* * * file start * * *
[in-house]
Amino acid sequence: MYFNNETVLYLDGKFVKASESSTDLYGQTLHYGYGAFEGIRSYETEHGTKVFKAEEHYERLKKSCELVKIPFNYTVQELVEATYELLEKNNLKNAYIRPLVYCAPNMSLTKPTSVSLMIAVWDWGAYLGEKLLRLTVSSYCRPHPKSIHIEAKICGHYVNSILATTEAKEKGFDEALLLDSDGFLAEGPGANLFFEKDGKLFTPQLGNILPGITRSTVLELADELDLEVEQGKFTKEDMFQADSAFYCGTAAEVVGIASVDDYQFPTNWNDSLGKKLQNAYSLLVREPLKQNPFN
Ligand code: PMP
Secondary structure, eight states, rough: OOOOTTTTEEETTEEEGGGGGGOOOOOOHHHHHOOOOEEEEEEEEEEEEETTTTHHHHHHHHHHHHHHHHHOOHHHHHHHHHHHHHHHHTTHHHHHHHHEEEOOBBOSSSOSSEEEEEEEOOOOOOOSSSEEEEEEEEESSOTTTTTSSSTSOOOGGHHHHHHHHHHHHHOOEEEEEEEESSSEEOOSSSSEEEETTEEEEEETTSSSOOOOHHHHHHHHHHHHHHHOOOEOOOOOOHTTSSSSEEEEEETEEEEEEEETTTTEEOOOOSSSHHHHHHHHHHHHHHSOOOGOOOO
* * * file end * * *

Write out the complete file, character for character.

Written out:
[in-house]
Amino acid sequence: MYFNNETVLYLDGKFVKASESSTDLYGQTLHYGYGAFEGIRSYETEHGTKVFKAEEHYERLKKSCELVKIPFNYTVQELVEATYELLEKNNLKNAYIRPLVYCAPNMSLTKPTSVSLMIAVWDWGAYLGEKLLRLTVSSYCRPHPKSIHIEAKICGHYVNSILATTEAKEKGFDEALLLDSDGFLAEGPGANLFFEKDGKLFTPQLGNILPGITRSTVLELADELDLEVEQGKFTKEDMFQADSAFYCGTAAEVVGIASVDDYQFPTNWNDSLGKKLQNAYSLLVREPLKQNPFN
Ligand code: PMP
Secondary structure, eight states, rough: OOOOTTTTEEETTEEEGGGGGGOOOOOOHHHHHOOOOEEEEEEEEEEEEETTTTHHHHHHHHHHHHHHHHHOOHHHHHHHHHHHHHHHHTTHHHHHHHHEEEOOBBOSSSOSSEEEEEEEOOOOOOOSSSEEEEEEEEESSOTTTTTSSSTSOOOGGHHHHHHHHHHHHHOOEEEEEEEESSSEEOOSSSSEEEETTEEEEEETTSSSOOOOHHHHHHHHHHHHHHHOOOEOOOOOOHTTSSSSEEEEEETEEEEEEEETTTTEEOOOOSSSHHHHHHHHHHHHHHSOOOGOOOO